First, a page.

- The school has a large playground;
- A group of friendly staff;
- Lots of classrooms;
- Neat and clean;
- Good facilities with school bus provided;
- Convenient (it is close to my house);
- Student dress code is without uniforms;
- No text books (that parents don’t have to bear the text book expense);
- The school provided stationery for the students, as long as the parents prepaid the fee.
Describe your child’s adjustment to school.
My son Christopher was born in Calgary in 1994. Before he came to D.D.O., he attended one year of play-school. Therefore, there was no problem for him to make adjustment to the Kindergarten class, except with his language skill in English. Due to his character (shy and quiet), it took him a couple of years (2–3 years) to pick up the English communication skill with his group of friends at school. With the ESL program to assist him, he is doing fine right now. I praise the School Board for having this ESL Program and well trained teachers/specialists to help all ESL students to improve their English speaking and writing skills.
Is education in Canada similar to that in your country?
It is not quite similar. (Please refer to the educational comparison charts).
How are parents involved in their children’s education in your country?
None. (Please refer to the educational comparison charts).
Are you interested in your child’s school?
Yes, I really like most of D.D.O.’s teachers and staff, because they are very friendly and understanding. All students are well behaved, and the school has a good learning facility and environment. Ms. Allen, the ESL teacher is not only friendly, but she is also a very understanding person. Her friendly smile makes you feel optimistic and welcome every day, just like the ESL specialist Mr. David Linton (the former ESL teacher of D.D.O.) and the ESL assistant Mrs. Phan. I am very impressed with the Principals of D.D.O.: their kind and friendly attitudes provide a teacher/student/parent friendship which I have never seen or experienced in Hong Kong.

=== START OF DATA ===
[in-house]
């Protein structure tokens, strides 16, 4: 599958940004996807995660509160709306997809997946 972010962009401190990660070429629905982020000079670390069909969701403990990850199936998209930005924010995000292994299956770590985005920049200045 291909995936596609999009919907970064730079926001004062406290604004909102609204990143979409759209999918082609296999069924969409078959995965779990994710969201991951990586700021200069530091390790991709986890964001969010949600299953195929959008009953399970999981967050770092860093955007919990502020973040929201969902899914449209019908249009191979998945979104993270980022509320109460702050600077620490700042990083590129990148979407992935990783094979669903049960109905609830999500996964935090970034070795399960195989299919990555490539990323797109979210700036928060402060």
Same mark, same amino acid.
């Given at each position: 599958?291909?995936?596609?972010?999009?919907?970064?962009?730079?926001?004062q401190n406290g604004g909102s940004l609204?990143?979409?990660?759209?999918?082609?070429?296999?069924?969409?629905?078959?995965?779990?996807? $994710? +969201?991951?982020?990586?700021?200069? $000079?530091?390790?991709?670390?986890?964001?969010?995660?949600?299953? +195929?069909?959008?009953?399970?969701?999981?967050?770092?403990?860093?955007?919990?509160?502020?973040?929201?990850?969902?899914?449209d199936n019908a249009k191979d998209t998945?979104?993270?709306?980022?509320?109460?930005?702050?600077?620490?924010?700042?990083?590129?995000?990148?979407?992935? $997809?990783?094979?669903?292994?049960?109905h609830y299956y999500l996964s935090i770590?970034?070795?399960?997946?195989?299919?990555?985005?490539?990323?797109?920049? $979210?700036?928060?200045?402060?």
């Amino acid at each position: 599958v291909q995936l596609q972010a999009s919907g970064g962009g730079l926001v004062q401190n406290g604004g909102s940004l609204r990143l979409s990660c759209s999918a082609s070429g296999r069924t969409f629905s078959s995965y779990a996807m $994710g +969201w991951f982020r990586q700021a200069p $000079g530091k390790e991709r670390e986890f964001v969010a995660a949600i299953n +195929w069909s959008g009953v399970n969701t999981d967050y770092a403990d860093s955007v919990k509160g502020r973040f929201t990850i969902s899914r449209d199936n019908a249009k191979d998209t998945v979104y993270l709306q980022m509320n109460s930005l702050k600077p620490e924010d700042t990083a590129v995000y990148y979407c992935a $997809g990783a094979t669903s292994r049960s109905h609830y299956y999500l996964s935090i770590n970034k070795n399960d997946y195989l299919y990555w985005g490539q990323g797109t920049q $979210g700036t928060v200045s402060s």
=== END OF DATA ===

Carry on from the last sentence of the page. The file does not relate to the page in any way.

How can we help you and other ESL parents to spend time in our schools?
I know that it is hard to ask ESL parents to spend time in school, because most of them have to work long hours for a living. Some parents find the educational system in Canada is quite different from what they got used to in their homeland. Their English background is also one of essential issues they worry about in communication. For example, why can’t the school hold the Grade 6 graduation ceremony (with awards and graduation certificates presentations) in the evening instead of holding it in the morning? The ceremony may even be held on Saturdays to give them a better chance to attend.
Are there services the school could offer parents and families?
Apart from the ESL Program in D.D.O., I realize that there are some other services offered such as the homework club and the computer club. However, I suggest the following services for the school’s consideration:
- To hold some achievement programs, i.e. awards and competitions to encourage students in their learning in all subjects. Also the school should set up two levels of awards English to encourage ESL students – to read, speak and write. I hope the Parent Council may be able to support the school to hold such programs.
- If the school and ESL parents are very concerned about their students/kid’s learning behavior and skill at home, the school may help those ESL families to get some financial assistance from the government for sharing their private/home tutoring payments. Most of ESL families have low incomes and the parents are the hard earning working classes. D.D.O. is lucky enough to have a specialist in this field; she is Ms. Jo-Ann Noble – the Community Support Counsellor from the Salvation Army Children’s Village and Government’s LINK Program. I think Ms. Noble may be able to help link up the financial assistance for those needed families.